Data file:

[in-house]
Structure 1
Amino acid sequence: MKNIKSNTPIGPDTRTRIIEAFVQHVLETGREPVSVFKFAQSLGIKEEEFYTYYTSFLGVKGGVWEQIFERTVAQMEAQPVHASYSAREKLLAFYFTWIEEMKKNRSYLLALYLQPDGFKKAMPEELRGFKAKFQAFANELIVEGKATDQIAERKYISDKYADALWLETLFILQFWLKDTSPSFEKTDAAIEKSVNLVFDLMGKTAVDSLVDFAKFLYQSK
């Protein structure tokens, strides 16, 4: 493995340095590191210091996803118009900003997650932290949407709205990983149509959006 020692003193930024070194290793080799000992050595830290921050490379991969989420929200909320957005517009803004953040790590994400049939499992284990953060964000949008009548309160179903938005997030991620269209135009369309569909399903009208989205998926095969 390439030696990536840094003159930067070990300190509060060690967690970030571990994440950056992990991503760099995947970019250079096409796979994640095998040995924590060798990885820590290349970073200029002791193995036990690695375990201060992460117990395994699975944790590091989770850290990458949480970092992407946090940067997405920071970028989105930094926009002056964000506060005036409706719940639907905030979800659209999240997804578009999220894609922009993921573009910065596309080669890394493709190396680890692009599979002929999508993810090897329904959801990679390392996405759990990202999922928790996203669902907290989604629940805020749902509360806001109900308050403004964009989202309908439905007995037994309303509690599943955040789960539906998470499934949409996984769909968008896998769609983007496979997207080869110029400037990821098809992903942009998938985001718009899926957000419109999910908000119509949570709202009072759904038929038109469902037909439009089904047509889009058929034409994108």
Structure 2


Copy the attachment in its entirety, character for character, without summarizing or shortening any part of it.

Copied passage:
[in-house]
Structure 1
Amino acid sequence: MKNIKSNTPIGPDTRTRIIEAFVQHVLETGREPVSVFKFAQSLGIKEEEFYTYYTSFLGVKGGVWEQIFERTVAQMEAQPVHASYSAREKLLAFYFTWIEEMKKNRSYLLALYLQPDGFKKAMPEELRGFKAKFQAFANELIVEGKATDQIAERKYISDKYADALWLETLFILQFWLKDTSPSFEKTDAAIEKSVNLVFDLMGKTAVDSLVDFAKFLYQSK
């Protein structure tokens, strides 16, 4: 493995340095590191210091996803118009900003997650932290949407709205990983149509959006 020692003193930024070194290793080799000992050595830290921050490379991969989420929200909320957005517009803004953040790590994400049939499992284990953060964000949008009548309160179903938005997030991620269209135009369309569909399903009208989205998926095969 390439030696990536840094003159930067070990300190509060060690967690970030571990994440950056992990991503760099995947970019250079096409796979994640095998040995924590060798990885820590290349970073200029002791193995036990690695375990201060992460117990395994699975944790590091989770850290990458949480970092992407946090940067997405920071970028989105930094926009002056964000506060005036409706719940639907905030979800659209999240997804578009999220894609922009993921573009910065596309080669890394493709190396680890692009599979002929999508993810090897329904959801990679390392996405759990990202999922928790996203669902907290989604629940805020749902509360806001109900308050403004964009989202309908439905007995037994309303509690599943955040789960539906998470499934949409996984769909968008896998769609983007496979997207080869110029400037990821098809992903942009998938985001718009899926957000419109999910908000119509949570709202009072759904038929038109469902037909439009089904047509889009058929034409994108």
Structure 2